Upon returning home after a very successful run of the hit musical, Joseph and the Amazing Technicolor Dreamcoat, my brothers and I were cast in the national tour of You’re A Good Man Charlie Brown. I was cast in the lead role as Charlie Brown. The tour was canceled last minute along with 3 other musicals because 12 new shows came out that very same year and certain venues changed their minds. But . . . as I took acting lessons and started preparing to play the little boy we all grew up with, I learned a very valuable lesson.

I was going to be the very best Charlie Brown the world had ever seen. I purchased a BIG life-size cardboard cut-out of Charlie Brown and put it in my apartment. I bought a yellow shirt with the zig-zagged line through it. I started adding things like, “Good Grief” to my vocabulary and on occasion put a paper bag or two over my head. I was in essence becoming Charlie Brown. I remember working on one particular scene called, “The Doctor Is In” which features both Charlie and Lucy. Charlie is feeling down and so Lucy, “the doctor,” has Charlie Brown start talking about all of the things that are wrong with him. Here are some of the lyrics to that song:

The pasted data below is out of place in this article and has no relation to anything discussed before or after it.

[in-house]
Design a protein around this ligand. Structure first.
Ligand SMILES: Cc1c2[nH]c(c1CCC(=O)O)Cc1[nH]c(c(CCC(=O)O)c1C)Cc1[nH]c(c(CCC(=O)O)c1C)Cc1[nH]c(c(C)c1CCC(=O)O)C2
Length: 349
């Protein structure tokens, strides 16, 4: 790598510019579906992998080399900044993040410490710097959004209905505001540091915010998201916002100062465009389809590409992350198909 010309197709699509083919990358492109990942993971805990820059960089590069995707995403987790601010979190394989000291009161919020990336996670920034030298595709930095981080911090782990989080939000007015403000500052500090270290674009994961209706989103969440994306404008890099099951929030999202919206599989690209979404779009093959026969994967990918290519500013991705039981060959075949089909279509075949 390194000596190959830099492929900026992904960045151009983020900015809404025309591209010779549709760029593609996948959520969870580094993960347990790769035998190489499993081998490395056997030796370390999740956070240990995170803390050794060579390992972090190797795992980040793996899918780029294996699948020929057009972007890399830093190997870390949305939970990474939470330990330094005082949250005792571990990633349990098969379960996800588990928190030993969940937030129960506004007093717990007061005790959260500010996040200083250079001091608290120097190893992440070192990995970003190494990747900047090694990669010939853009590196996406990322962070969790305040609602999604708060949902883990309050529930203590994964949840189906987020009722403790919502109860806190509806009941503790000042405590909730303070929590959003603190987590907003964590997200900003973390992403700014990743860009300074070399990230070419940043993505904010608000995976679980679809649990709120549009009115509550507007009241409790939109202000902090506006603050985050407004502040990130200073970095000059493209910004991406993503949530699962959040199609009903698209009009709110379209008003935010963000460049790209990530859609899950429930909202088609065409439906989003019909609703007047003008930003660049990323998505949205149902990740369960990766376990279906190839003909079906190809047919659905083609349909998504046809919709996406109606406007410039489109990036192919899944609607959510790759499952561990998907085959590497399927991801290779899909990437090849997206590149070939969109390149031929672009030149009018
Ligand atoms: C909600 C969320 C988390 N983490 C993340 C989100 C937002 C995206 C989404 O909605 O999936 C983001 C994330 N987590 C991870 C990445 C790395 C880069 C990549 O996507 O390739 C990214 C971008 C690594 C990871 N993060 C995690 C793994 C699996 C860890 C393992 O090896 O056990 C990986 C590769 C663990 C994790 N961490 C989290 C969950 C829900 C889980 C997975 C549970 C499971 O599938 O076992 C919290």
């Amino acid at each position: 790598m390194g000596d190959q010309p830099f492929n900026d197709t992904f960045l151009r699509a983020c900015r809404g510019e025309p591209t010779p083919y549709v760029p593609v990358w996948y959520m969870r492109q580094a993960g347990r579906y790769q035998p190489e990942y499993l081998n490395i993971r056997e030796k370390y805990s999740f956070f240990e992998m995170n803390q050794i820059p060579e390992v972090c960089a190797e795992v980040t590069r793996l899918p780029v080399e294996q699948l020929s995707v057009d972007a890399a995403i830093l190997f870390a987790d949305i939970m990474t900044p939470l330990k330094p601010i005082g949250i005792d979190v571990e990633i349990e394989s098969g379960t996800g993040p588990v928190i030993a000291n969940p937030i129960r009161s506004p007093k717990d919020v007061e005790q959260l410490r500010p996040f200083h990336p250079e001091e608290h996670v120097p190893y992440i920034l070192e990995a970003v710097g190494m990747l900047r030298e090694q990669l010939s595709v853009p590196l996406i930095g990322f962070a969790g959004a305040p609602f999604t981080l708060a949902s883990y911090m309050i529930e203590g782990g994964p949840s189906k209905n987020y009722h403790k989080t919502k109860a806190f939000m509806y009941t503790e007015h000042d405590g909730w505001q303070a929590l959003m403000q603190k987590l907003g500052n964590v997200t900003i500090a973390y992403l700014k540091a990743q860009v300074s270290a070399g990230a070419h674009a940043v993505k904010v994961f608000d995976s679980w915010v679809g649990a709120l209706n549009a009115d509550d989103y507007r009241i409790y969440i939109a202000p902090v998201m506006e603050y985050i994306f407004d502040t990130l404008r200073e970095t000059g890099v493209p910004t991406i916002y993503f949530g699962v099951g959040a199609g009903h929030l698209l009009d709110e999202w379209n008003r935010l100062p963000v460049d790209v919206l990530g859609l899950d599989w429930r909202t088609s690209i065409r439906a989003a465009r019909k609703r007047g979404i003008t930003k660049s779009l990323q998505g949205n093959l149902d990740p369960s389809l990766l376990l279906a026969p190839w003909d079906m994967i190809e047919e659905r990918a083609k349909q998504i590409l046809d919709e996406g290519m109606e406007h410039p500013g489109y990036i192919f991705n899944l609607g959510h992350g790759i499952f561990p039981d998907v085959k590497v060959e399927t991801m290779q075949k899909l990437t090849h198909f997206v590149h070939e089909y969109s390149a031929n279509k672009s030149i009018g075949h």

“I’m not very handsome or clever, or lucid,
I’ve always been stupid at spelling and numbers.
I’ve never been much playing football or baseball
Or stick ball, or checkers, or marbles, or ping-pong

I’m usually awful at parties and dances,
I stand like a stick or I cough, or I laugh,
Or I don’t bring a present, or I spill the ice cream
Or I get so depressed that I stand and I scream . . .

Oh, how could there possibly be
One small person as thoroughly, totally, utterly
Blah as me.”

One evening, I found myself feeling very down and depressed and I didn’t know why. There was a dark heavy cloud weighing down on my chest inside. Have you ever felt that way? I couldn’t understand how a positive guy like me, a guy with so many reasons to be happy as I had, could feel so awful inside. I couldn’t stand it any longer and so I decided to take a little drive in my car to try and figure things out. I ended up sitting in my car out side the Provo Temple, the place where my parents were married back in 1974. It has always been a good place for me to go when I just need to get away from the world and find some peace.